have a look here

    http://www.envirotalk.com.au/forum/i...p?showforum=52

    both the roof insulation and the whirlybirds thread - particluarly good discussion for queenslanders where heat is the major problem, whereas for us southerners, keeping heat in is our biggest energy user

    sisalation is just the blue and silver paper you see wrapped round houses and on rooves before cladding - it reflects heat

    wow, very interesting. thanks pharmaboy. I just read both of those threads.

    so basically, to keep warm in winter = use batts

    to keep cool in summer = paint your roof white
    and install a thin layer of shiny silver stuff(RFL/sarking whatever u wanna call it) in the ceiling

    So now, HOW to install the RFL? -

    I'm replacing the ceiling in most of th house, so now Im going to staple some RFL in (somewhere??) I know there has to be an airgap of 25 mm above and below the RFL. I wonder if theres a particular brand or if the cheap stuff is just as effective. I wouldnt mind some more detail with regard to installation. Anyway, I'll have a look in the ceiling myself and continue the search

    thanks again,

  10. #10
    Old Phart Sprog's Avatar
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    Quote Originally Posted by Daren View Post
    I wouldnt mind some more detail with regard to installation. Anyway, I'll have a look in the ceiling myself and continue the search
    Info on Aircel and installation here

    http://www.air-cell.com.au/index.aspx

    Growing old is much better then the alternative!

  11. #11
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    Default energy star

    Hi best paint for roofs a product called energy star heat reflextive paint can knock out up to 30degrees c an more.Comes in 44 colours from light cream to charcoal i stock it an use it even products for exterior walls

  12. #12
    Over it!! madrat's Avatar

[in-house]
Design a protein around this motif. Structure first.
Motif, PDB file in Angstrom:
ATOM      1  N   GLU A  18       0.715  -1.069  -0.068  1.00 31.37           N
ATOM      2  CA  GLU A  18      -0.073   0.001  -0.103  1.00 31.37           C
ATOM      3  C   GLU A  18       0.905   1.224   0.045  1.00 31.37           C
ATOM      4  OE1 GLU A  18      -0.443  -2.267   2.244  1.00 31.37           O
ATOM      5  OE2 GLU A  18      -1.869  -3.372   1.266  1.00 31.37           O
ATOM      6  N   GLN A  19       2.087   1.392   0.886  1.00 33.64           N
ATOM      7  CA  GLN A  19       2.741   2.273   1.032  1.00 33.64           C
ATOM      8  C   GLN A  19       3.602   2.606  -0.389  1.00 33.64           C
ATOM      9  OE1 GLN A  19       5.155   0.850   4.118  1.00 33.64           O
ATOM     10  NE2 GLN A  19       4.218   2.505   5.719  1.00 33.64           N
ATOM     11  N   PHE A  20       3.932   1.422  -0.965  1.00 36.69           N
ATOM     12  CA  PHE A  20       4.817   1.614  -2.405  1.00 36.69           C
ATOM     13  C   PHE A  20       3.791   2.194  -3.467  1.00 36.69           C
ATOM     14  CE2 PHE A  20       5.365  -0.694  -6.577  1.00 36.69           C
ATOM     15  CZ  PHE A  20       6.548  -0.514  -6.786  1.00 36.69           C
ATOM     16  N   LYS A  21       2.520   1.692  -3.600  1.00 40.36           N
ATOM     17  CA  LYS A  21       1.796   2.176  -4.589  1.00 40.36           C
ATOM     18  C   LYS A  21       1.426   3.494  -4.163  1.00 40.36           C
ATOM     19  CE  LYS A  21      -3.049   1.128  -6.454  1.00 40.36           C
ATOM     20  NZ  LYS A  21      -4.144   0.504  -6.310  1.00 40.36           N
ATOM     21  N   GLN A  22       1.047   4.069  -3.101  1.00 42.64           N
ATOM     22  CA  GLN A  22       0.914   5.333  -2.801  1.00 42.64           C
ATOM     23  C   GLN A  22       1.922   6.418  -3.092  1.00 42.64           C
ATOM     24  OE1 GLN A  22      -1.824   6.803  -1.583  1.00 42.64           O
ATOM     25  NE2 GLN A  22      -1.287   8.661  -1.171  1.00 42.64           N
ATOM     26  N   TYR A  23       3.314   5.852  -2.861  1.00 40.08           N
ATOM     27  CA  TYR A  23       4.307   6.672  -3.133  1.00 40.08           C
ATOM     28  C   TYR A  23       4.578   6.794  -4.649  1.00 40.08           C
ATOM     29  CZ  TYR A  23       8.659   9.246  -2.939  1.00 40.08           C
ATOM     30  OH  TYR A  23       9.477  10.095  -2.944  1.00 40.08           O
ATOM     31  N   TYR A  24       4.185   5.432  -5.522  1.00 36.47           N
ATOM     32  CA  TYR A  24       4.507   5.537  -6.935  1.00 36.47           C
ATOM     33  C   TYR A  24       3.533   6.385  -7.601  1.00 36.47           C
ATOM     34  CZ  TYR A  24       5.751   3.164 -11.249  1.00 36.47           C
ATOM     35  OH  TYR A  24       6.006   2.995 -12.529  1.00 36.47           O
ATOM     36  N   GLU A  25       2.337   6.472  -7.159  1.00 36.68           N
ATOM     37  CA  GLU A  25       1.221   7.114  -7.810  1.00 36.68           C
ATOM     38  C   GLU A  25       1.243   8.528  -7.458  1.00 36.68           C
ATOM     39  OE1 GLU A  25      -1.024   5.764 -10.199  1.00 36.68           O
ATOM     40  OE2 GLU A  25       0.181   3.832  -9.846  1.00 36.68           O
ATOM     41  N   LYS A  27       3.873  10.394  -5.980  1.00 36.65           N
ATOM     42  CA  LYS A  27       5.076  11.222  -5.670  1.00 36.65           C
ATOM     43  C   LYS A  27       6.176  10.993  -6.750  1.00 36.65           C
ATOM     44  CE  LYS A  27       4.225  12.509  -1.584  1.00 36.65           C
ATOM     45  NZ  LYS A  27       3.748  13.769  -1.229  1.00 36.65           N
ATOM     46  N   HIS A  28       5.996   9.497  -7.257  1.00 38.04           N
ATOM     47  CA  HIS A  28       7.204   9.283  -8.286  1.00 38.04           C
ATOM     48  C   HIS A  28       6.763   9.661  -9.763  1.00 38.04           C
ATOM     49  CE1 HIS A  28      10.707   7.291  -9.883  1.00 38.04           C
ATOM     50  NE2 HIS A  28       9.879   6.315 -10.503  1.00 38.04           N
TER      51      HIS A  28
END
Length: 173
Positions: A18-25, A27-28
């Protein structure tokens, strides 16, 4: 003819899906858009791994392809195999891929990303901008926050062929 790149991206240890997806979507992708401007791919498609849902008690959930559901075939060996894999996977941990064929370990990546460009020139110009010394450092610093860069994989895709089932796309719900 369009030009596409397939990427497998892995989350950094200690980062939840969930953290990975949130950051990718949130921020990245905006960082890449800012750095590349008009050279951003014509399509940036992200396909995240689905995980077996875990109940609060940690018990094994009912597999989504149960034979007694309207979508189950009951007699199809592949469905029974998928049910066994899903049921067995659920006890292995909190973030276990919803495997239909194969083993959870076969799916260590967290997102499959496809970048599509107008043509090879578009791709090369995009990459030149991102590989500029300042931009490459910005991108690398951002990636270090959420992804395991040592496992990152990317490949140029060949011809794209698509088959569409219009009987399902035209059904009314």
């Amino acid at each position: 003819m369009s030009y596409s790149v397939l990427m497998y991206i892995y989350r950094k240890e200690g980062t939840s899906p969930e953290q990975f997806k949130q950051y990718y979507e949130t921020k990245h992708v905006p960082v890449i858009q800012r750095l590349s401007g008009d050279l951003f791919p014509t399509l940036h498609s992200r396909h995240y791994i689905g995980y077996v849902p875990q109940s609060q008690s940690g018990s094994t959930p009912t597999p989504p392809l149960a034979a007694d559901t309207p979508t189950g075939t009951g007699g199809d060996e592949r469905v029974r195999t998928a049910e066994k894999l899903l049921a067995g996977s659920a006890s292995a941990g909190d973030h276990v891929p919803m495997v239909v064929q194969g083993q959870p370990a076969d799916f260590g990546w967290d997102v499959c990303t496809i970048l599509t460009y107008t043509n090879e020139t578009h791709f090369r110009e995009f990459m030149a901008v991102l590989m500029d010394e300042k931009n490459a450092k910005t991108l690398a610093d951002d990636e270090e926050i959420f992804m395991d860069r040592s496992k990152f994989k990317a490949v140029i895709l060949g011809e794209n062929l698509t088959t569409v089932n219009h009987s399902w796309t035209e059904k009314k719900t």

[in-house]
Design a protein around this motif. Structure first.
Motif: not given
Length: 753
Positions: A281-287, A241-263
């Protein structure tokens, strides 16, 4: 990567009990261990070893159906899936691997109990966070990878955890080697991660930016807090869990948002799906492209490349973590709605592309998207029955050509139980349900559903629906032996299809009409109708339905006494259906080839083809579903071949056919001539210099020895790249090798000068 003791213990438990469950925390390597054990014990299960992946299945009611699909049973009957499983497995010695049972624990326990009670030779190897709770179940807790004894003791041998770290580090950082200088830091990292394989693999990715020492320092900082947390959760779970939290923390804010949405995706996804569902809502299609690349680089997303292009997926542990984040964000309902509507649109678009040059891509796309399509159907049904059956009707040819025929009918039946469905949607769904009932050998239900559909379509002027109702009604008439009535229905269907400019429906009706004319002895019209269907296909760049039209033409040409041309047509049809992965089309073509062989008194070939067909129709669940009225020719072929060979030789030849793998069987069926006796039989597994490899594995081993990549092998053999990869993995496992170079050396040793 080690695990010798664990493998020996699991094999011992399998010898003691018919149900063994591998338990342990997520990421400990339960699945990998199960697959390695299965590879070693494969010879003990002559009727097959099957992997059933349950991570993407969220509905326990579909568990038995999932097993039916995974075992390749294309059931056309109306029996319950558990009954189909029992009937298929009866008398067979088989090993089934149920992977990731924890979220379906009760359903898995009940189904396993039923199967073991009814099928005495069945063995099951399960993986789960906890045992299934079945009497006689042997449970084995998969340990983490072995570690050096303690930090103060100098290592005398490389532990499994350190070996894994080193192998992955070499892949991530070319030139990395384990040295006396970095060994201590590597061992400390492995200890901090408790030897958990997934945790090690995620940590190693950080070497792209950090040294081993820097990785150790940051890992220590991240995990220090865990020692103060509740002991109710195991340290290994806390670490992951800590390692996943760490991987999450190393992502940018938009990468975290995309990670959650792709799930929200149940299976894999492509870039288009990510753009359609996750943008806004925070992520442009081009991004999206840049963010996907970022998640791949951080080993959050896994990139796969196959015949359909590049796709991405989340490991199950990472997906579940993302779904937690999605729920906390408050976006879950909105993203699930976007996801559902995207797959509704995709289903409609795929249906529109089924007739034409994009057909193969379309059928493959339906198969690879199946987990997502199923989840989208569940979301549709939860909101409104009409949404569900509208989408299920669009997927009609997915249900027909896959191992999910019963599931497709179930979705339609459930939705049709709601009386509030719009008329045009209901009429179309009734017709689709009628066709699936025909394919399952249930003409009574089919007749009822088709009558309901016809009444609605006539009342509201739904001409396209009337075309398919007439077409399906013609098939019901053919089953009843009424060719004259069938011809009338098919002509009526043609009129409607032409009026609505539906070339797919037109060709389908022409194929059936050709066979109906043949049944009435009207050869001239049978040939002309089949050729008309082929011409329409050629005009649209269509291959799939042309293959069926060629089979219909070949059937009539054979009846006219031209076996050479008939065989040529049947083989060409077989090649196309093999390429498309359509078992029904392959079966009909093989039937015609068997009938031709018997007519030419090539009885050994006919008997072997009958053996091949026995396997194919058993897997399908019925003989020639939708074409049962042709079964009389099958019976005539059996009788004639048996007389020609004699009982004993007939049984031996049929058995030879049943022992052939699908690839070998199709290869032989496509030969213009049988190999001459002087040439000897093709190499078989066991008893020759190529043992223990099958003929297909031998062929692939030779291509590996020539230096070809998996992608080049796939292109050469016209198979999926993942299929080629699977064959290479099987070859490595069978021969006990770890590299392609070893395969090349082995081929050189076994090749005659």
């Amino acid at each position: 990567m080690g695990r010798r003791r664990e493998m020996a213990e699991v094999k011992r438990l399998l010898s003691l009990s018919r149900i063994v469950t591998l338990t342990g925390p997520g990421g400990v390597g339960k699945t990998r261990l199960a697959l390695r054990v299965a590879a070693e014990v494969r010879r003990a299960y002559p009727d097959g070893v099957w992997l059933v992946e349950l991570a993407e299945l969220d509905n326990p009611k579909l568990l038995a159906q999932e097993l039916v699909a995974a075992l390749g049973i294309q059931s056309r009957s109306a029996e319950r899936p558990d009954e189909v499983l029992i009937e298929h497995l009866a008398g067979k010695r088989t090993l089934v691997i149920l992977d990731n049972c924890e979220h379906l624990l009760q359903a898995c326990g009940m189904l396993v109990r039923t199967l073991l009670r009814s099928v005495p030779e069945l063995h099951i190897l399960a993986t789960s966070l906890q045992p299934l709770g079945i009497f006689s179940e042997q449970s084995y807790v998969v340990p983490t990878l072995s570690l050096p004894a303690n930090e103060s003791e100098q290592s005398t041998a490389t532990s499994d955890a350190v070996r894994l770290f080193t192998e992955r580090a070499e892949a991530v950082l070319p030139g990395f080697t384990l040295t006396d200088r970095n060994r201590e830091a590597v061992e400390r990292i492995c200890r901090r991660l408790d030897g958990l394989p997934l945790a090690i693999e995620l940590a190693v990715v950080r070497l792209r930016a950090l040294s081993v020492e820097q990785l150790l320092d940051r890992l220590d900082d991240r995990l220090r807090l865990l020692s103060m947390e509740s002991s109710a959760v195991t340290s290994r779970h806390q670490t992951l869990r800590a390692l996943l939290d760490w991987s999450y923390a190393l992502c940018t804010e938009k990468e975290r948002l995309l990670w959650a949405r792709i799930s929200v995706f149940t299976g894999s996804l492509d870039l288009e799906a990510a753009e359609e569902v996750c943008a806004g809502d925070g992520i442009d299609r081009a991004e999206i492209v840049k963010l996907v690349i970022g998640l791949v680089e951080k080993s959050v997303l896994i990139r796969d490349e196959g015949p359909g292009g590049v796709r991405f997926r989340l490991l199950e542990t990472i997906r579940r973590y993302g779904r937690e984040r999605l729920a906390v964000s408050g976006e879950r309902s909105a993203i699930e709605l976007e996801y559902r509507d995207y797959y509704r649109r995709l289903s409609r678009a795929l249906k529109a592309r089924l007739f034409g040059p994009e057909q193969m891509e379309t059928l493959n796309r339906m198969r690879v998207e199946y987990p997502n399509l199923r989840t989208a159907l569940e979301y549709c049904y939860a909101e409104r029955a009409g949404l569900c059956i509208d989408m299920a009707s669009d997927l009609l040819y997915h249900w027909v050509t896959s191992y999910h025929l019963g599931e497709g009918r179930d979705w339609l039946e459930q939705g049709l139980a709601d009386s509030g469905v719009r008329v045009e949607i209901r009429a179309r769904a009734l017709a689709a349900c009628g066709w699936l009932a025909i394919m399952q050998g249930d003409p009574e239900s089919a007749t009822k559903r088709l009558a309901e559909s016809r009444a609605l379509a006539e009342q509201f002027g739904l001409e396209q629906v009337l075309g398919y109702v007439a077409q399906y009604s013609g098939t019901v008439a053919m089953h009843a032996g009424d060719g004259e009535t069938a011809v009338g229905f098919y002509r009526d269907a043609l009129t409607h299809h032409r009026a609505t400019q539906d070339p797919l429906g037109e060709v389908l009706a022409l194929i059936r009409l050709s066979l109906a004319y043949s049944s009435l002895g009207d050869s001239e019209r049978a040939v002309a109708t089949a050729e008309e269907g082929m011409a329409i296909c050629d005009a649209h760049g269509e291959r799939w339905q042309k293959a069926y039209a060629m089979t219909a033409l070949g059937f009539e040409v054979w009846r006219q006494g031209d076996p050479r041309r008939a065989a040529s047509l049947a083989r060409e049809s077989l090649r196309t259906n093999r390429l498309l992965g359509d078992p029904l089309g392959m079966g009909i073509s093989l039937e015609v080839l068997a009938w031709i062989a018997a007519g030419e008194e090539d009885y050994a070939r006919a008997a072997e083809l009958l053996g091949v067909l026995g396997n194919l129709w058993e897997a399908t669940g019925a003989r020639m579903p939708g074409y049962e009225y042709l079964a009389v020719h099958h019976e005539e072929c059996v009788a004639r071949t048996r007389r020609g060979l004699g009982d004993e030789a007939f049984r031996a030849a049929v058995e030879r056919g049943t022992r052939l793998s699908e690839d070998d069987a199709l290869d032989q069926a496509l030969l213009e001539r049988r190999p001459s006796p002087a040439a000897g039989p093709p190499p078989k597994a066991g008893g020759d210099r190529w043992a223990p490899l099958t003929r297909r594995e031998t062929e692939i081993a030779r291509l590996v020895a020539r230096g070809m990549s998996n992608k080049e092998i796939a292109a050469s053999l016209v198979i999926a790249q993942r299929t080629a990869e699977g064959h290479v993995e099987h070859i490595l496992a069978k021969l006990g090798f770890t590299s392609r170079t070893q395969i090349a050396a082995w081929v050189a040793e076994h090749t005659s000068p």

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    We recently had a problem with a roof leak. Had a couple of quotes as it appears as though there were about 25-40 broken tiles (some of which had been glued back together by previous owner ).



    First quote was $3700 cashy (additional $500 if we wanted a written quote, no receipt, no warranty - needless to say 'no interest' by us).

    Second quote was $6500 . Funny though, the rep turned up with brand new shiny $50k car (with spinner rims), was dripping in gold jewellery (including the teeth).

    We ended up getting a quote from Insulpaint which turned out to be pretty reasonable and cheaper than what we thought ($4800). Was told that a drop of 6-15 degrees was a normal outcome.

    Apparently it blocks the heat from getting into your roof space and in Winter, it blocks the heat from getting from inside to out.

    On top of this, originally we thought we would also be up for the expense of having to get insulation in the roof, but was advised we may not even need to go that far after the insulpaint is applied.

    If it does all they say it does, we will have a winner on saving $$$

    The only downfall, was our roof is charcoal in colour, but the darkest we could go was a medium shade of grey (guess that's logical with nature's effect vs colours etc). But a small compromise for what may be a saving in the long run. Especially if it works!!!

    Time will tell.....we're getting it done in May.

  13. #13
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    Default energy star

    see if any one has energy star products

  14. #14
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    Default Energy Star Heat Reflective Paints

    Energy Star Heat Reflective Paints can also be purchased in Victoria. I also highly recommend this product. Can be used on most surfaces - tin, tiles, concrete and timber.
    Contact - Astec Paints Victoria - 1300 789 686

  15. #15
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    Buy a couple of whirley wind things. They work a treat.

  16. #16
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    Quote Originally Posted by micktb View Post
    Hi best paint for roofs a product called energy star heat reflextive paint can knock out up to 30degrees c an more.Comes in 44 colours from light cream to charcoal i stock it an use it even products for exterior walls

    What does this stuff cost?
    Do you rent airless sprayers?